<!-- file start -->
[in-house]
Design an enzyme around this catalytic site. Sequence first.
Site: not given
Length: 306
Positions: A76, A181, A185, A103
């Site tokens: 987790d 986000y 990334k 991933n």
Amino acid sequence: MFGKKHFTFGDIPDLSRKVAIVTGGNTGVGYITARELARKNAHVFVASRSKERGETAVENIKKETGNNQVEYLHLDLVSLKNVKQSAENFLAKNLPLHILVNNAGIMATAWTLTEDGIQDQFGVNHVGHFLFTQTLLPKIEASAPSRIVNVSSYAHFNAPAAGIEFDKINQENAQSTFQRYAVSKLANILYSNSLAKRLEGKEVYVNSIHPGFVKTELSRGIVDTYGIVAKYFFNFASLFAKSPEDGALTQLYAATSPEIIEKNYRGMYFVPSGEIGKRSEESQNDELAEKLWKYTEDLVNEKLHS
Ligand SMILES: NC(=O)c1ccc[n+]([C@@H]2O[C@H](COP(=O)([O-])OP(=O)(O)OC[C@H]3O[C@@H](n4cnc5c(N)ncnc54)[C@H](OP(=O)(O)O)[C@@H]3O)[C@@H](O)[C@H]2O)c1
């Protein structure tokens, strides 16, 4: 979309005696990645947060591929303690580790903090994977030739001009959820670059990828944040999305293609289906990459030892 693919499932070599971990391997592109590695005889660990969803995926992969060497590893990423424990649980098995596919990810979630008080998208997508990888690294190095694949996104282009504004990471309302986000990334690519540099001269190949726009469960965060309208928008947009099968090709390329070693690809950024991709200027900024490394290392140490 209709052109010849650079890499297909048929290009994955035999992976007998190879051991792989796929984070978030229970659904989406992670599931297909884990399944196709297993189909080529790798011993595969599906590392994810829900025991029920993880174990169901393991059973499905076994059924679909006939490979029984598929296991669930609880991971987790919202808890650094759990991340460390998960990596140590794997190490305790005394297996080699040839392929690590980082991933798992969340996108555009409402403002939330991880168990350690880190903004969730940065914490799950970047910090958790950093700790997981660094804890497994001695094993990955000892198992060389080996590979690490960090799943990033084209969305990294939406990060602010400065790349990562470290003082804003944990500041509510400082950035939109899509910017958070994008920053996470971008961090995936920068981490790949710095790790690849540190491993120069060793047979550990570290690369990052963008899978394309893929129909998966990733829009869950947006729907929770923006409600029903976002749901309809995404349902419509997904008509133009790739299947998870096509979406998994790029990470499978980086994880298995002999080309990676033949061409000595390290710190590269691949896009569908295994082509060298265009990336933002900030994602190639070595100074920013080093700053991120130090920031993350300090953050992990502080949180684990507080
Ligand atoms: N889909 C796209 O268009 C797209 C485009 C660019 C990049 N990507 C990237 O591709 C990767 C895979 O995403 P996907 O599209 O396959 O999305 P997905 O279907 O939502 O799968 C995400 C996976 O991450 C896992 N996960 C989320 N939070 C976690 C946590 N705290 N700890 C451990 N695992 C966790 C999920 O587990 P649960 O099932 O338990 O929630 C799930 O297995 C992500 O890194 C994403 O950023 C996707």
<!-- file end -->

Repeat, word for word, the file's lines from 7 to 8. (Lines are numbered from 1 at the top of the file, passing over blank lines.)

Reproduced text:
Amino acid sequence: MFGKKHFTFGDIPDLSRKVAIVTGGNTGVGYITARELARKNAHVFVASRSKERGETAVENIKKETGNNQVEYLHLDLVSLKNVKQSAENFLAKNLPLHILVNNAGIMATAWTLTEDGIQDQFGVNHVGHFLFTQTLLPKIEASAPSRIVNVSSYAHFNAPAAGIEFDKINQENAQSTFQRYAVSKLANILYSNSLAKRLEGKEVYVNSIHPGFVKTELSRGIVDTYGIVAKYFFNFASLFAKSPEDGALTQLYAATSPEIIEKNYRGMYFVPSGEIGKRSEESQNDELAEKLWKYTEDLVNEKLHS
Ligand SMILES: NC(=O)c1ccc[n+]([C@@H]2O[C@H](COP(=O)([O-])OP(=O)(O)OC[C@H]3O[C@@H](n4cnc5c(N)ncnc54)[C@H](OP(=O)(O)O)[C@@H]3O)[C@@H](O)[C@H]2O)c1